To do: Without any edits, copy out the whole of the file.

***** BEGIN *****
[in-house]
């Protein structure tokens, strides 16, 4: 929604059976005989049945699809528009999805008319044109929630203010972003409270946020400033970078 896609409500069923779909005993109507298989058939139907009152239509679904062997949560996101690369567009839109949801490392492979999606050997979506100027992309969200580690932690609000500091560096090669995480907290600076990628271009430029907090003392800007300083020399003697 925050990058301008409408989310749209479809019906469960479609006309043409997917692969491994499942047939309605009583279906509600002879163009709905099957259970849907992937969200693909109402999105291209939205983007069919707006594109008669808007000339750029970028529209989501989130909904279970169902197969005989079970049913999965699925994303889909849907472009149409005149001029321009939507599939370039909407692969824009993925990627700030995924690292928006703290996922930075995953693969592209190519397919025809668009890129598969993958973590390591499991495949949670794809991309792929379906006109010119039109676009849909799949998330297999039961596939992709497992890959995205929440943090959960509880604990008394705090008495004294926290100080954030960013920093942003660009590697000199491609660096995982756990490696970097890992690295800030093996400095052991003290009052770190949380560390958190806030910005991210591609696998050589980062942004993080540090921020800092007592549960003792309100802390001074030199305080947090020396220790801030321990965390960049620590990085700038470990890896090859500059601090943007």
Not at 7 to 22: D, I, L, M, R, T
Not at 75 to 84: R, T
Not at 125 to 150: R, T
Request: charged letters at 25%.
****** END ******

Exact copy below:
[in-house]
């Protein structure tokens, strides 16, 4: 929604059976005989049945699809528009999805008319044109929630203010972003409270946020400033970078 896609409500069923779909005993109507298989058939139907009152239509679904062997949560996101690369567009839109949801490392492979999606050997979506100027992309969200580690932690609000500091560096090669995480907290600076990628271009430029907090003392800007300083020399003697 925050990058301008409408989310749209479809019906469960479609006309043409997917692969491994499942047939309605009583279906509600002879163009709905099957259970849907992937969200693909109402999105291209939205983007069919707006594109008669808007000339750029970028529209989501989130909904279970169902197969005989079970049913999965699925994303889909849907472009149409005149001029321009939507599939370039909407692969824009993925990627700030995924690292928006703290996922930075995953693969592209190519397919025809668009890129598969993958973590390591499991495949949670794809991309792929379906006109010119039109676009849909799949998330297999039961596939992709497992890959995205929440943090959960509880604990008394705090008495004294926290100080954030960013920093942003660009590697000199491609660096995982756990490696970097890992690295800030093996400095052991003290009052770190949380560390958190806030910005991210591609696998050589980062942004993080540090921020800092007592549960003792309100802390001074030199305080947090020396220790801030321990965390960049620590990085700038470990890896090859500059601090943007």
Not at 7 to 22: D, I, L, M, R, T
Not at 75 to 84: R, T
Not at 125 to 150: R, T
Request: charged letters at 25%.